3 Pasadena-based Clothing Brands that Represent the City's True Essence Ask around. Pasadena, California is the place 'you want to live' if you're in Los Angeles County or Southern California. It's location sets it apart from any other city. Even Altadena and South Pasadena feel different. As the generations came and went, traditions were born and leaders were made. Today, the pride & culture surrounding the Pasadena / Altadena area is very strong and tight-knit. It's like Compton. Everybody knows everybody. And for those who don't, they still know somebody who knows somebody who knows everybody. (Continued on page 60)
There are a lot of things that make people fall in love with Pasadena. Although everyone has their own reasons why they love the city, there's one common thing that gives natives a sense of belonging. DENA. Quiet as kept, Pasadena has birthed great people. From Jackie Robinson to Michael Cooper. Van Halen. It has also been a place where greats have established themselves like famous R&B singer Teena Marie. On today's scene, the artists and entrepreneurs of Generation X and Y have their own businesses and brands that represent the true essence of life in Pasadena / Altadena. And we've taken the initiative in listing 3 unique & local clothing brands that currently represent Pasadena / Altadena culture in it's truest form.
Obvious Giant Clothing Company Obvious Giant has been the premiere clothing brand in the streets of Pasadena / Altadena being worn by local rappers and musicians at popular events which include the Yardnic & Nic@Nite. The brand helped create a unifying bond between Pasadena and Altadena, considering everyone went to school together. Obvious Giant has been one of the biggest local clothing brands worn by actual natives of Pasadena / Altadena over the past 10 years. You can see their gear in many local music videos, promotional footage, and events. The makers of this brand are products of Pasadena / Altadena making it one of thee top most authentic apparel lines in the city. You can find Obvious Giant (DENABOY/DENAGIRL) by visiting Dorothy's Boutique at 2057 N Los Robles Ave #11, Pasadena, CA 91104 or Call (626) 817-9777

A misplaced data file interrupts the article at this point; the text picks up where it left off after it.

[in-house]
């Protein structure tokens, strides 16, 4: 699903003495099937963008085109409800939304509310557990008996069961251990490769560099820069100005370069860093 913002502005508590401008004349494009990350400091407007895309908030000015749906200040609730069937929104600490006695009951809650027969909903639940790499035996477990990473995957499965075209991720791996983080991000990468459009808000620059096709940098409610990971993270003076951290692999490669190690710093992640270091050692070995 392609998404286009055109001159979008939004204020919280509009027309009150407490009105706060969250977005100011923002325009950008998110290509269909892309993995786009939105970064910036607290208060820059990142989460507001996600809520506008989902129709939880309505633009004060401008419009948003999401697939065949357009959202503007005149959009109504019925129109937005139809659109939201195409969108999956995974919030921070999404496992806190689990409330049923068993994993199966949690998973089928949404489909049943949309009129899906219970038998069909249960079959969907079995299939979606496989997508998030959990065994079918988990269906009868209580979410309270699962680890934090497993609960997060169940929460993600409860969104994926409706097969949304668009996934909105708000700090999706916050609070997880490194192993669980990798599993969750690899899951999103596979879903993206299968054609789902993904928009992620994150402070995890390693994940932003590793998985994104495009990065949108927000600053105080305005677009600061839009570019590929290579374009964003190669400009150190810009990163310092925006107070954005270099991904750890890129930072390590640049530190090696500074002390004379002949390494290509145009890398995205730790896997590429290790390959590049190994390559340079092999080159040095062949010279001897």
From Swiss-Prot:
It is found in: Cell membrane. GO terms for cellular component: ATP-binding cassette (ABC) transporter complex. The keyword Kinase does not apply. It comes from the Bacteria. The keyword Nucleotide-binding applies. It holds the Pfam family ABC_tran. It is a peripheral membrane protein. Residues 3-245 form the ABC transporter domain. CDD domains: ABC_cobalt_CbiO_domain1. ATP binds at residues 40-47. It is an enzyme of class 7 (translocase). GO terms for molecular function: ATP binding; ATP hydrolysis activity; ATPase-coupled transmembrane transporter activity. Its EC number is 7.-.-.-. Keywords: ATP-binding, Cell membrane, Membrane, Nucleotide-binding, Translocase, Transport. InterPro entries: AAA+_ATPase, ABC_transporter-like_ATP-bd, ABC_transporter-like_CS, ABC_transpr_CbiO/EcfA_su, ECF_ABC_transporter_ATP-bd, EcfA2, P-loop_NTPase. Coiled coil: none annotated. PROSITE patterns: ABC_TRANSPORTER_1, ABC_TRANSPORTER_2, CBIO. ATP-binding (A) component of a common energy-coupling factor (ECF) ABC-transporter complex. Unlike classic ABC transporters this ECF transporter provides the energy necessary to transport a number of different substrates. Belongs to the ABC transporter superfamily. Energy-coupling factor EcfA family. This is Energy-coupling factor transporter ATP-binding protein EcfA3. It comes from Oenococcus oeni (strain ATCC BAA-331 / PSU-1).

Pasadena-ish Created by G Marcus, Pasadena -ish ("ish" standing for 'I Stay Hustling') rooted in 2013 and has since grown into a well known local clothing brand. Pasadena-ish has made appearances in a lot of local music videos and has even been
seen worn on models & porn stars ;) . One thing that makes this brand different is the diversity in types of clothing. In fact, Pasadena-ish can be seen more on pants, beanies, and undergarments than T-Shirts. Pasadena -ish has been very well received by the younger Pasadena generation and embraced citywide. This clothing brand represents a generation's perspective and artistic expression. Currently, Pasadena-ish is predominantly promoted on Instagram. Follow @pasadenaish_i_stay_hustlin to get in contact with G Marcus for orders.
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Garfield Heights â€œThe things that drew us to Garfield H e i g h t s a r e t h e d i v e r s i t y, t h e h i s t o r i c character of the neighborhood, and the f r i e n d l i n e s s o f t h e n e i g h b o r s .â€?